Shit! Another one made it up again. Back to work . . ..

Thursday, May 2, 2019

Old People

            I was buying groceries and had to phone Kim. “I forgot the grocery list. It’s on the kitchen counter – could you read it to me?”

            “It’s not there. Did you remember sandwich bread?”

            “Wait a minute – the list is here in my pocket.”

            Does this ever happen to you? A bit more often than it used to?

*          *          *

            About twenty years ago I wrote a poem about old people who Kim and I observed. Here are some excerpts: 

Old Women / Old Men

Was your Aunt Vivian really brilliant?
She forgets who I am, what state she
lives in, how old she is. She puts signs
in her window: “Help!
I’m being held prisoner!
Call the police!”

Or there’s Ted’s bald mother
scaring children with sudden
outbursts of applause. She
apologizes for being old, tells
the lady who cleans her that
the pay better be good.
Nights, amazed, she rages against
the locked door of her room.

Eugene, freshly retired, his cataracts
surgically cured, gives this advice:
“Get all the money you can. Forget
what they tell you about family and friends.
They all go away. Stuff every dime into
an IRA. I did, and I’m a happy man.”
And he strides up the aisles of Kroger’s,
loading boxes, bottles and bags into his cart,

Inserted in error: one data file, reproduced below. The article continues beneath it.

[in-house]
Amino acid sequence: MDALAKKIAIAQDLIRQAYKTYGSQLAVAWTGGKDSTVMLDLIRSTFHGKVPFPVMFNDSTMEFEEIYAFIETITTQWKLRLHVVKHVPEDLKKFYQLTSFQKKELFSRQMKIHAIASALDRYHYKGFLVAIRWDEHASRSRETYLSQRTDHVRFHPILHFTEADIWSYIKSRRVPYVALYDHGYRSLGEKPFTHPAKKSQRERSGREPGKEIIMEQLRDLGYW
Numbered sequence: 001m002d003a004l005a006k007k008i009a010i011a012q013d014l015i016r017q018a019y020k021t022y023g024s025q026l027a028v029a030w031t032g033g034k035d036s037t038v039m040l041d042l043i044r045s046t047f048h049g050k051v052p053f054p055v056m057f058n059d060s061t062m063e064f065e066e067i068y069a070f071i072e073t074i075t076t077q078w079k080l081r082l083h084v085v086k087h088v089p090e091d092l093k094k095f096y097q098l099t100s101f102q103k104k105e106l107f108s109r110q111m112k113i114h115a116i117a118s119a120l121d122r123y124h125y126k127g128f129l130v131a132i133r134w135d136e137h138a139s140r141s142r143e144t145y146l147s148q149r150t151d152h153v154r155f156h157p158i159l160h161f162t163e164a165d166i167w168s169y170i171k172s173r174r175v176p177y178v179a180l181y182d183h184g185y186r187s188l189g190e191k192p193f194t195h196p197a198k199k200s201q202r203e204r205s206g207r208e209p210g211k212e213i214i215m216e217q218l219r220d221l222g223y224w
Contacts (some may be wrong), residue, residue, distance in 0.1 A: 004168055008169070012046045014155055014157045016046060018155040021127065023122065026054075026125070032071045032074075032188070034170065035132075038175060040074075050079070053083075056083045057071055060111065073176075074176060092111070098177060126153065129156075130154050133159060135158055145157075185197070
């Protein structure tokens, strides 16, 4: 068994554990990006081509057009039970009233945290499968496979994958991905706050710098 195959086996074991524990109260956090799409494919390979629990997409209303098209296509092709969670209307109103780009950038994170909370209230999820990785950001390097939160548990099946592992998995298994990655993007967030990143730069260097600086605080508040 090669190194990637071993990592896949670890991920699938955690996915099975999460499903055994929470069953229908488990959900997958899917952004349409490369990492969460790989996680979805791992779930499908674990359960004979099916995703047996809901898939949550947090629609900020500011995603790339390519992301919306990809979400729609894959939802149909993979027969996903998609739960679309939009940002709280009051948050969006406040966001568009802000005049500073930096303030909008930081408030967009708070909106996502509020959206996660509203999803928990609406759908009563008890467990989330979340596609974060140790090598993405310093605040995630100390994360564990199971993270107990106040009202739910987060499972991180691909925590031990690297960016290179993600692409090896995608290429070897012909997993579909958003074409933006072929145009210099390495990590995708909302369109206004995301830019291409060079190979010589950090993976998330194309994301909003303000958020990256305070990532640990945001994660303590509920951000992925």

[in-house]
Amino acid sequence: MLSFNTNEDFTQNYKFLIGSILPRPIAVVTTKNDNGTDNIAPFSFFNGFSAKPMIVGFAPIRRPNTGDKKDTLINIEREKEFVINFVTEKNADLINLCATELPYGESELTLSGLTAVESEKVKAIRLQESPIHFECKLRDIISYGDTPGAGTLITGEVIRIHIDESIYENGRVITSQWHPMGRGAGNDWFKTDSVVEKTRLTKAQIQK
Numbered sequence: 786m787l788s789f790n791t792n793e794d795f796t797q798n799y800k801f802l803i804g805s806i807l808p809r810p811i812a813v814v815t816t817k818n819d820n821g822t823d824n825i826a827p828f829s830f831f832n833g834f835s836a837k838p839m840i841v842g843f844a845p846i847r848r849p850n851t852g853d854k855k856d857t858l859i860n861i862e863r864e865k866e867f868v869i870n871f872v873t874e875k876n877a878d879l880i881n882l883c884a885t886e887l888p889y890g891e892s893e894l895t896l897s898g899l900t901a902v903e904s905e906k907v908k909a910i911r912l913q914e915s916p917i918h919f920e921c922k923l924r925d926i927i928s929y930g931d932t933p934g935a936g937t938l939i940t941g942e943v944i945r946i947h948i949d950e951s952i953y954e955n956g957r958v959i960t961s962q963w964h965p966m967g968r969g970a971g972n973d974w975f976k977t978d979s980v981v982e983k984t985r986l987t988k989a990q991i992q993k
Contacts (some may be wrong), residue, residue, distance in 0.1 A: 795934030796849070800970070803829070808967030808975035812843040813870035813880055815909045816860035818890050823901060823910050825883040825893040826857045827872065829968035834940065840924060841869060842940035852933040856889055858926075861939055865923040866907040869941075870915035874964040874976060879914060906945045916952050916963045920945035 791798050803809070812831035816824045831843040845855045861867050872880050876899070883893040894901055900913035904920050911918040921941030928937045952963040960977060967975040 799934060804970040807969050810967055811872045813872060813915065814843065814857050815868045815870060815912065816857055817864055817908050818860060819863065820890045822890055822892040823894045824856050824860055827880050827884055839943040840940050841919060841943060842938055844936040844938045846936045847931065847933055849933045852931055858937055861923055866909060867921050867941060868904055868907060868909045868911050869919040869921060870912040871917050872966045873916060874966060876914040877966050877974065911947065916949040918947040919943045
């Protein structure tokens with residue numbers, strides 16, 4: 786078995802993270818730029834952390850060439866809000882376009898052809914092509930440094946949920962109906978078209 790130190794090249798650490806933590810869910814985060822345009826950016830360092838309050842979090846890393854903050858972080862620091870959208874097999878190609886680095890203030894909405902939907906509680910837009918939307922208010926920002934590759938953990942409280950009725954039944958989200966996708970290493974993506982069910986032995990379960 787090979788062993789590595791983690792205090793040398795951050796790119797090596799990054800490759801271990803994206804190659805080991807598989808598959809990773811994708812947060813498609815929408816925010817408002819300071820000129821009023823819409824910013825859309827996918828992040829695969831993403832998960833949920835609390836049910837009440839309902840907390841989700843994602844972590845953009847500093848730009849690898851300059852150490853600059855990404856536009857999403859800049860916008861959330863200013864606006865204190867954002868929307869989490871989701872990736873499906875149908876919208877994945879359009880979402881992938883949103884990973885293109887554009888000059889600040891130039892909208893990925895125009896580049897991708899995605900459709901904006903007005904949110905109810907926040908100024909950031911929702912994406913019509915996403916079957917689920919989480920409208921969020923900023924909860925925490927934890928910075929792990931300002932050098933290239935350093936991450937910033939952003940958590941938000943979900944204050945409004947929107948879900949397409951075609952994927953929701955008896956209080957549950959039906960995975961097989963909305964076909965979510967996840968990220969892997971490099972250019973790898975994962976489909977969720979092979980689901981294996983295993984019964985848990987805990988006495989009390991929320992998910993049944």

then disappears into the frozen food section.

But there’s that guy at the home
whenever we pick up Aunt Vivian. He’s
always in the living room. He rises
from his chair as we enter, gets halfway
up, forgets what he’s doing or why,
starts to sit, remembers, rises, pauses,
forgets. He’ll sway half out of the chair
for an hour, his eyes stunned open
to what he can’t quite believe.

            Is that what it’s like? Prisoners? A locked door? Frozen food? Halfway to somewhere? But there’s also this from the poem:

But that woman at the garage sale,
trim in shorts and hiking boots, tan,
tight-skinned, white hair thick and curly.
She spoke German to her grandchildren,
telling them they did not need more toys.
You said, “See?” I said, “German.”

Kim, of course, has some German ancestry.

            Is old age something that happens to you? Is it something you choose? Are you ridiculous if it happens to you but you do not choose to accept it?

            The examples above to the contrary, the answer to the question of how to be old is not multiple choice. It’s an essay exam. And I prefer, here, the definition of “essay” as “an effort to perform or accomplish something; attempt.”

            One of the things I learned in English 1,2 in college is that there is no formula for a good essay. Writing, in essays, is an act of exploration. And so we attempt to come up with a good way to be old, in some form or another. Either sit or get out of that chair.

*          *          *

            “Kim – do you want an afternoon cup of coffee?”

            “I’d love one.”

            The coffee pot was not sitting in the coffee maker as it should be. I looked on the counter next to it, on other kitchen counters, and in the sink. I looked on the porch where we sometimes drink coffee. I found it in the refrigerator. How did it get there?

            We did not ask, though I was concerned by how quickly I found it. Kim’s response when I told her where it was: “I’m surprised there was room in there.”